GeoffF100 wrote:If the Linux Kernel is updated a reboot is required. That can be avoided in some cases by using Live Patch, but I believe that you have to pay Canonical for that service.


My experience is that a kernel update doesn't require you to reboot then and there - you continue to use your existing kernel image and modules until the next reboot. If you require any of the kernel updates (a specific bug fix or a feature) to be active, then sure, you would reboot. Otherwise it's going to be enabled on next boot by the simple fact that when you boot up, the kernel image is loaded up and the relevant modules are loaded.

(edit: you do have kexec, which allows you to load and boot a kernel image from an already running kernel image, but I've never tried it and not sure how many of the popular Linux distros use that feature as part of the kernel update mechanism)

GeoffF100
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Re: Why Linux?

#329626

Postby GeoffF100 » July 30th, 2020, 10:34 am

stacker512 wrote:
GeoffF100 wrote:If the Linux Kernel is updated a reboot is required. That can be avoided in some cases by using Live Patch, but I believe that you have to pay Canonical for that service.

My experience is that a kernel update doesn't require you to reboot then and there - you continue to use your existing kernel image and modules until the next reboot. If you require any of the kernel updates (a specific bug fix or a feature) to be active, then sure, you would reboot. Otherwise it's going to be enabled on next boot by the simple fact that when you boot up, the kernel image is loaded up and the relevant modules are loaded.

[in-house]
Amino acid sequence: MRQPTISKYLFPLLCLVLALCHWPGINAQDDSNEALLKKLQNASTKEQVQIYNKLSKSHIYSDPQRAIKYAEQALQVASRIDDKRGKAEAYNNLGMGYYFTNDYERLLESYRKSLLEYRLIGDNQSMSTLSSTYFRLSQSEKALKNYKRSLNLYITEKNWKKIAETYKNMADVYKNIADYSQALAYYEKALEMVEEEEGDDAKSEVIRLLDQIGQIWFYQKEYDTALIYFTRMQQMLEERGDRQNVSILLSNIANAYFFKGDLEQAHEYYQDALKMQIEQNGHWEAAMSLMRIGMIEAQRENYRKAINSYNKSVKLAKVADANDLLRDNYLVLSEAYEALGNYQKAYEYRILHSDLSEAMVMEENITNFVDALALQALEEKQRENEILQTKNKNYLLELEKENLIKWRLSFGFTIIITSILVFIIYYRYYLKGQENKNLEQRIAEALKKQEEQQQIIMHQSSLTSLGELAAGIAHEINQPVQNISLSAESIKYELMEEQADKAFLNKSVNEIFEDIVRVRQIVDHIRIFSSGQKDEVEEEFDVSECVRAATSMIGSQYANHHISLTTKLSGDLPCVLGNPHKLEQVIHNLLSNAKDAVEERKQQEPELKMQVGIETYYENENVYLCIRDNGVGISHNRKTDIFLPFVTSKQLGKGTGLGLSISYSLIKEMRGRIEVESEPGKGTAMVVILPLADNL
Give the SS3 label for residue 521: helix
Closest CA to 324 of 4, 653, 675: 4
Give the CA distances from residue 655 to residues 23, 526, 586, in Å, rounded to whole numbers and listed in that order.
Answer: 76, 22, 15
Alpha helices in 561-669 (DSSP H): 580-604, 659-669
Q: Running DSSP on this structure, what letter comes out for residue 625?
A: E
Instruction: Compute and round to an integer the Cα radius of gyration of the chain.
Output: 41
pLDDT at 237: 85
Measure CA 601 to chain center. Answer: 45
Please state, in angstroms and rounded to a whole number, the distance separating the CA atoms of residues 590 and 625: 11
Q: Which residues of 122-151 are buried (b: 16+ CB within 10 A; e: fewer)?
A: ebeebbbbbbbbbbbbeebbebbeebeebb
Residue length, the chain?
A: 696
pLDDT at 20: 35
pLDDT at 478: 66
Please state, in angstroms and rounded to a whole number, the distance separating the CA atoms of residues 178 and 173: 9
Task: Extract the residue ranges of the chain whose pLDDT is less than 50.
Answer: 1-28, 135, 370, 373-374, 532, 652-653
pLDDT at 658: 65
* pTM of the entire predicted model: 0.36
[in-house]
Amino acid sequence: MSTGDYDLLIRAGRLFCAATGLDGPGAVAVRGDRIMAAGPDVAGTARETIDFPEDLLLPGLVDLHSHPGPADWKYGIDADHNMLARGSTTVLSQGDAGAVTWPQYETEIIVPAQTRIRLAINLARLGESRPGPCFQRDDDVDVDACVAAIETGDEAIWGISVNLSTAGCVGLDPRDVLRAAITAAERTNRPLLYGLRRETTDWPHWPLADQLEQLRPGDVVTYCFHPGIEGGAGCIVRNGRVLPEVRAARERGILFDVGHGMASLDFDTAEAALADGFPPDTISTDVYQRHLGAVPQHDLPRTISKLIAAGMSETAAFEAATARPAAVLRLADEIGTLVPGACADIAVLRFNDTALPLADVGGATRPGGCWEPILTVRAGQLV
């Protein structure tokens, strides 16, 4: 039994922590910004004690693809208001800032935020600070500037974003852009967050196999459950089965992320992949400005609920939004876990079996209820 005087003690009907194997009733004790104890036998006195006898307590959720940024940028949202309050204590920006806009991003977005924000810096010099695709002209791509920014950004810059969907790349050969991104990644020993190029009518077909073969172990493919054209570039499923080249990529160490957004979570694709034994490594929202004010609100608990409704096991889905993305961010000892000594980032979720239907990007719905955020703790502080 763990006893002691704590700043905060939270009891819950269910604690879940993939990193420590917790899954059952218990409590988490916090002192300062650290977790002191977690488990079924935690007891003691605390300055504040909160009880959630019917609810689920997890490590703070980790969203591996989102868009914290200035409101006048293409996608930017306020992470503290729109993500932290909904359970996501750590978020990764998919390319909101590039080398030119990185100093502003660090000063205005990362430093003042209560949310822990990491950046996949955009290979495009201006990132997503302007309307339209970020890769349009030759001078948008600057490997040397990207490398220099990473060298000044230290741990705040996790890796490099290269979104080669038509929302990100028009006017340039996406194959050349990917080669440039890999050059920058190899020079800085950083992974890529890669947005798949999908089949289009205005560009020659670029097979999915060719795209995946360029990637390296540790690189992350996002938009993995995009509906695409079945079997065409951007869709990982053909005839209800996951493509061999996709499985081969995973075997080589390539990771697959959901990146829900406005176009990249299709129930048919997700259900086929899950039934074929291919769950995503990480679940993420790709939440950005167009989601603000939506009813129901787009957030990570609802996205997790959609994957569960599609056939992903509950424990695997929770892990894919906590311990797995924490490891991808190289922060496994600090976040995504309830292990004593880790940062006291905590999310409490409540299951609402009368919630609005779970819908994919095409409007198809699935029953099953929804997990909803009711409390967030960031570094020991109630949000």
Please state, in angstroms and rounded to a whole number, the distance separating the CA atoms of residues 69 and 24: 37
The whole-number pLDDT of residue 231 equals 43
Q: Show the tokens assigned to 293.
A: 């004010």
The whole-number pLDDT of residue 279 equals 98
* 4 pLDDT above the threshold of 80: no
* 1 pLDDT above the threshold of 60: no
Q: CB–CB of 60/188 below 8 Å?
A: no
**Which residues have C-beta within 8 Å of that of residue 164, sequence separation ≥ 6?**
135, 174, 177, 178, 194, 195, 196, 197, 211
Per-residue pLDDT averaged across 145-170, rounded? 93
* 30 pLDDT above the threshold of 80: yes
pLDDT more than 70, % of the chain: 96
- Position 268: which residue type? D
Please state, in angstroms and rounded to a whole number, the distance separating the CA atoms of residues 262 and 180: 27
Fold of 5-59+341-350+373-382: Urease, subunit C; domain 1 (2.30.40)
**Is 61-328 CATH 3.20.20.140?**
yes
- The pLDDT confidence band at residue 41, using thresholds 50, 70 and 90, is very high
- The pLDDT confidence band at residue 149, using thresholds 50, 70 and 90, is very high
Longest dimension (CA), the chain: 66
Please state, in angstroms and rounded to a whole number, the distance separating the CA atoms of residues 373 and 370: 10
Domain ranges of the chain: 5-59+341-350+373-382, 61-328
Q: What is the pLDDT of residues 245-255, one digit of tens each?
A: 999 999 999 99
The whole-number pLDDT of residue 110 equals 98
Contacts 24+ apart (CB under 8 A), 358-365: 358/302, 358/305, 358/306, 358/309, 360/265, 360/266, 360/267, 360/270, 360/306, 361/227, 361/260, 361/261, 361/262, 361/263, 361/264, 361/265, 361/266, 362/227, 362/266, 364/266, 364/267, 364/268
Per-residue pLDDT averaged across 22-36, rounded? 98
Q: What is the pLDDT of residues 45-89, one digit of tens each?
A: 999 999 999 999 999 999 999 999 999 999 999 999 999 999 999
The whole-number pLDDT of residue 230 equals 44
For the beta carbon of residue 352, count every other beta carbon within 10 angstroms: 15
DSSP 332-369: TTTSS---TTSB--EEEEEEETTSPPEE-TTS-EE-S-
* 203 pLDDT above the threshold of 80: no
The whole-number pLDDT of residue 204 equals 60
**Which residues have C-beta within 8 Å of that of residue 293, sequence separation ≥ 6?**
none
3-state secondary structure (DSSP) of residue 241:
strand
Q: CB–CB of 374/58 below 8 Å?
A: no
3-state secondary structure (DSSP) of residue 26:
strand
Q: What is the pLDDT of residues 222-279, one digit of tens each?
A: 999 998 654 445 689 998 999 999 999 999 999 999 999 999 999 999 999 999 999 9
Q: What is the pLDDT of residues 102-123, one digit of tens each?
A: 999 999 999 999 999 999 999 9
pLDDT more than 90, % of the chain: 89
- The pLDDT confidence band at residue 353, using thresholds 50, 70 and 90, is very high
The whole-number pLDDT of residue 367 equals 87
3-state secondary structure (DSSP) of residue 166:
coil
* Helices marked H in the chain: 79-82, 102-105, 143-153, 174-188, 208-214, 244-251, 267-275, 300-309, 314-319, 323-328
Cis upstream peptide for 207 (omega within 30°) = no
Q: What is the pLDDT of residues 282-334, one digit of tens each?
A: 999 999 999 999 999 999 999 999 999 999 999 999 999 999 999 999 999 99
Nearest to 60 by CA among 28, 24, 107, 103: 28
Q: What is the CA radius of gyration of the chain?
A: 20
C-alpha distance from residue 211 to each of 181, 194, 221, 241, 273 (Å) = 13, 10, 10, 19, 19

(edit: you do have kexec, which allows you to load and boot a kernel image from an already running kernel image, but I've never tried it and not sure how many of the popular Linux distros use that feature as part of the kernel update mechanism)

Sorry, I did not make that clear. If you click the go ahead to a kernel update, an image of the updated kernel is created in the background, while you are running the system using the old kernel. If you then do a normal reboot, the system will use the new kernel image. The old kernel image is not deleted. If you get problems with the new kernel image, you can still boot with the old kernel image.

Mike4
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Re: Why Linux?

#329660

Postby Mike4 » July 30th, 2020, 12:06 pm

langley59 wrote:
Urbandreamer wrote:Do you do much with python? It's one of the packages that I just updated.

No not at all, I just use Linux as I did Windows.

Interesting. Do programmes written for Windows run on Linux nowadays then?

I was under the impression there was no chance and if I were to use Linux I would have to find myself new image editing, video editing, website publishing and page layout software applications. Or maybe you don't those needs.

Does Zoom work ok on Linux?

Infrasonic
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Re: Why Linux?

#329669

Postby Infrasonic » July 30th, 2020, 12:35 pm

Mike4 wrote:
langley59 wrote:
Urbandreamer wrote:Do you do much with python? It's one of the packages that I just updated.

No not at all, I just use Linux as I did Windows.

Interesting. Do programmes written for Windows run on Linux nowadays then?

I was under the impression there was no chance and if I were to use Linux I would have to find myself new image editing, video editing, website publishing and page layout software applications. Or maybe you don't those needs.

Does Zoom work ok on Linux?


Have you actually read through this thread?
Over the years it's been updated with articles/videos and discussions about WINE (Windows apps running in Linux), Windows and Mac apps that have been ported to run natively on Linux (a load of them including many of the currently popular ones like Zoom, Skype, MS Teams et al), Linux app. alternatives to major Windows/Mac apps etc.
Last edited by Infrasonic on July 30th, 2020, 12:50 pm, edited 1 time in total.